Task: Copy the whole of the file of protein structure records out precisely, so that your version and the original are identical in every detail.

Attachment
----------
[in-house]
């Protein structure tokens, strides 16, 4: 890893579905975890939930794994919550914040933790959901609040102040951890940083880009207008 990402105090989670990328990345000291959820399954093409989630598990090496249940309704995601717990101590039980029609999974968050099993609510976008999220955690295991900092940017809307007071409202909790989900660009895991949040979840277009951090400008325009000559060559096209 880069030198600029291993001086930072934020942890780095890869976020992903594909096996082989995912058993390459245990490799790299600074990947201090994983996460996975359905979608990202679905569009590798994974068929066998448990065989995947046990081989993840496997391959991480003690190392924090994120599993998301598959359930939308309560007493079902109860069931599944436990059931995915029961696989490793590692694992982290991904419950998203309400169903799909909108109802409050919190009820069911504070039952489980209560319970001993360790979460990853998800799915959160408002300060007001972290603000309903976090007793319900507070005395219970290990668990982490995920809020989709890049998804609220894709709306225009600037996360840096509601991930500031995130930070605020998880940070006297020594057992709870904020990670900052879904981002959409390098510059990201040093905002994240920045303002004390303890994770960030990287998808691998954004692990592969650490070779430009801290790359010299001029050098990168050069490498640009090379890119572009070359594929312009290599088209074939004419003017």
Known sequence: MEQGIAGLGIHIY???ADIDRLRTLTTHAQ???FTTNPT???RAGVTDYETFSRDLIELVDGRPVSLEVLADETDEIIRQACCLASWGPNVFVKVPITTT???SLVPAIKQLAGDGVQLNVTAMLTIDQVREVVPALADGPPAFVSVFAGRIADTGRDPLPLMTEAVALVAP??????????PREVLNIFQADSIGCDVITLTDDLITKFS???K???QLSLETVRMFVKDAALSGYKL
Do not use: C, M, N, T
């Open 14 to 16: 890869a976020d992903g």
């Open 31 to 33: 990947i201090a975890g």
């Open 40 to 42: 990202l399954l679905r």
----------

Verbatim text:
[in-house]
């Protein structure tokens, strides 16, 4: 890893579905975890939930794994919550914040933790959901609040102040951890940083880009207008 990402105090989670990328990345000291959820399954093409989630598990090496249940309704995601717990101590039980029609999974968050099993609510976008999220955690295991900092940017809307007071409202909790989900660009895991949040979840277009951090400008325009000559060559096209 880069030198600029291993001086930072934020942890780095890869976020992903594909096996082989995912058993390459245990490799790299600074990947201090994983996460996975359905979608990202679905569009590798994974068929066998448990065989995947046990081989993840496997391959991480003690190392924090994120599993998301598959359930939308309560007493079902109860069931599944436990059931995915029961696989490793590692694992982290991904419950998203309400169903799909909108109802409050919190009820069911504070039952489980209560319970001993360790979460990853998800799915959160408002300060007001972290603000309903976090007793319900507070005395219970290990668990982490995920809020989709890049998804609220894709709306225009600037996360840096509601991930500031995130930070605020998880940070006297020594057992709870904020990670900052879904981002959409390098510059990201040093905002994240920045303002004390303890994770960030990287998808691998954004692990592969650490070779430009801290790359010299001029050098990168050069490498640009090379890119572009070359594929312009290599088209074939004419003017």
Known sequence: MEQGIAGLGIHIY???ADIDRLRTLTTHAQ???FTTNPT???RAGVTDYETFSRDLIELVDGRPVSLEVLADETDEIIRQACCLASWGPNVFVKVPITTT???SLVPAIKQLAGDGVQLNVTAMLTIDQVREVVPALADGPPAFVSVFAGRIADTGRDPLPLMTEAVALVAP??????????PREVLNIFQADSIGCDVITLTDDLITKFS???K???QLSLETVRMFVKDAALSGYKL
Do not use: C, M, N, T
């Open 14 to 16: 890869a976020d992903g």
């Open 31 to 33: 990947i201090a975890g």
């Open 40 to 42: 990202l399954l679905r």